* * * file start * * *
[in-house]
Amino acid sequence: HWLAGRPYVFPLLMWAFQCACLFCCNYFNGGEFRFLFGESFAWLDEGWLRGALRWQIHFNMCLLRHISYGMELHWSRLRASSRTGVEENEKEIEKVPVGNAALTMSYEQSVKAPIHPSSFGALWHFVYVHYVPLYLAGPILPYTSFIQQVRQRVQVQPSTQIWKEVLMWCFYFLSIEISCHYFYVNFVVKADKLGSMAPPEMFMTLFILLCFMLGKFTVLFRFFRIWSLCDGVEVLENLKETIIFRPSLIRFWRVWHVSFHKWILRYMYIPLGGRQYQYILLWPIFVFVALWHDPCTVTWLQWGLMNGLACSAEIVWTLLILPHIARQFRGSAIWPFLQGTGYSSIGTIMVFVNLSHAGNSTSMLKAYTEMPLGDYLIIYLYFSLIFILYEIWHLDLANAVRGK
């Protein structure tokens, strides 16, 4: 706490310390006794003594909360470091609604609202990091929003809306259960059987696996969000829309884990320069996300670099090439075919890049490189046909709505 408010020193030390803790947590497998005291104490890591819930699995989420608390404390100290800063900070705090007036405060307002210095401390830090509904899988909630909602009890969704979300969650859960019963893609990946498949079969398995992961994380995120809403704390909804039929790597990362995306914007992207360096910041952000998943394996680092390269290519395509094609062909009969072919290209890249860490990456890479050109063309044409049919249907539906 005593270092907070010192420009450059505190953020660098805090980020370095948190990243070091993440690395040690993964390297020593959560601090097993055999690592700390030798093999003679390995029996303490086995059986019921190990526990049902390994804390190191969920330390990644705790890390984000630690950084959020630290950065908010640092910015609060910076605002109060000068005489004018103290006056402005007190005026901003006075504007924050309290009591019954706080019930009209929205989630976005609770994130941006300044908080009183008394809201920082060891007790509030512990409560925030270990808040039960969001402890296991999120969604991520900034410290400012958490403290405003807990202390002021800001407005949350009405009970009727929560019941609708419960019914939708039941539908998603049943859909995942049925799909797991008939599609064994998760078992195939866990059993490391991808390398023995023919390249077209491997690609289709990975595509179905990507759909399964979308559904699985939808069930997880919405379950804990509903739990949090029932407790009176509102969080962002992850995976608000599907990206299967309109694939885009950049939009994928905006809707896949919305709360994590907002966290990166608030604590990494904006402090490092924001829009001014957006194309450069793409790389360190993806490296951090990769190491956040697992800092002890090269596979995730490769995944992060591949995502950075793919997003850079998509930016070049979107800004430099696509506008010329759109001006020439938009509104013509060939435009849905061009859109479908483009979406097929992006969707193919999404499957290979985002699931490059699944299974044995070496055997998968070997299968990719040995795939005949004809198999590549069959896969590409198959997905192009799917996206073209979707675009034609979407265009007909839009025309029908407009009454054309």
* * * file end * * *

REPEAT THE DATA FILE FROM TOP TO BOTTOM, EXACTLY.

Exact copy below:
[in-house]
Amino acid sequence: HWLAGRPYVFPLLMWAFQCACLFCCNYFNGGEFRFLFGESFAWLDEGWLRGALRWQIHFNMCLLRHISYGMELHWSRLRASSRTGVEENEKEIEKVPVGNAALTMSYEQSVKAPIHPSSFGALWHFVYVHYVPLYLAGPILPYTSFIQQVRQRVQVQPSTQIWKEVLMWCFYFLSIEISCHYFYVNFVVKADKLGSMAPPEMFMTLFILLCFMLGKFTVLFRFFRIWSLCDGVEVLENLKETIIFRPSLIRFWRVWHVSFHKWILRYMYIPLGGRQYQYILLWPIFVFVALWHDPCTVTWLQWGLMNGLACSAEIVWTLLILPHIARQFRGSAIWPFLQGTGYSSIGTIMVFVNLSHAGNSTSMLKAYTEMPLGDYLIIYLYFSLIFILYEIWHLDLANAVRGK
């Protein structure tokens, strides 16, 4: 706490310390006794003594909360470091609604609202990091929003809306259960059987696996969000829309884990320069996300670099090439075919890049490189046909709505 408010020193030390803790947590497998005291104490890591819930699995989420608390404390100290800063900070705090007036405060307002210095401390830090509904899988909630909602009890969704979300969650859960019963893609990946498949079969398995992961994380995120809403704390909804039929790597990362995306914007992207360096910041952000998943394996680092390269290519395509094609062909009969072919290209890249860490990456890479050109063309044409049919249907539906 005593270092907070010192420009450059505190953020660098805090980020370095948190990243070091993440690395040690993964390297020593959560601090097993055999690592700390030798093999003679390995029996303490086995059986019921190990526990049902390994804390190191969920330390990644705790890390984000630690950084959020630290950065908010640092910015609060910076605002109060000068005489004018103290006056402005007190005026901003006075504007924050309290009591019954706080019930009209929205989630976005609770994130941006300044908080009183008394809201920082060891007790509030512990409560925030270990808040039960969001402890296991999120969604991520900034410290400012958490403290405003807990202390002021800001407005949350009405009970009727929560019941609708419960019914939708039941539908998603049943859909995942049925799909797991008939599609064994998760078992195939866990059993490391991808390398023995023919390249077209491997690609289709990975595509179905990507759909399964979308559904699985939808069930997880919405379950804990509903739990949090029932407790009176509102969080962002992850995976608000599907990206299967309109694939885009950049939009994928905006809707896949919305709360994590907002966290990166608030604590990494904006402090490092924001829009001014957006194309450069793409790389360190993806490296951090990769190491956040697992800092002890090269596979995730490769995944992060591949995502950075793919997003850079998509930016070049979107800004430099696509506008010329759109001006020439938009509104013509060939435009849905061009859109479908483009979406097929992006969707193919999404499957290979985002699931490059699944299974044995070496055997998968070997299968990719040995795939005949004809198999590549069959896969590409198959997905192009799917996206073209979707675009034609979407265009007909839009025309029908407009009454054309």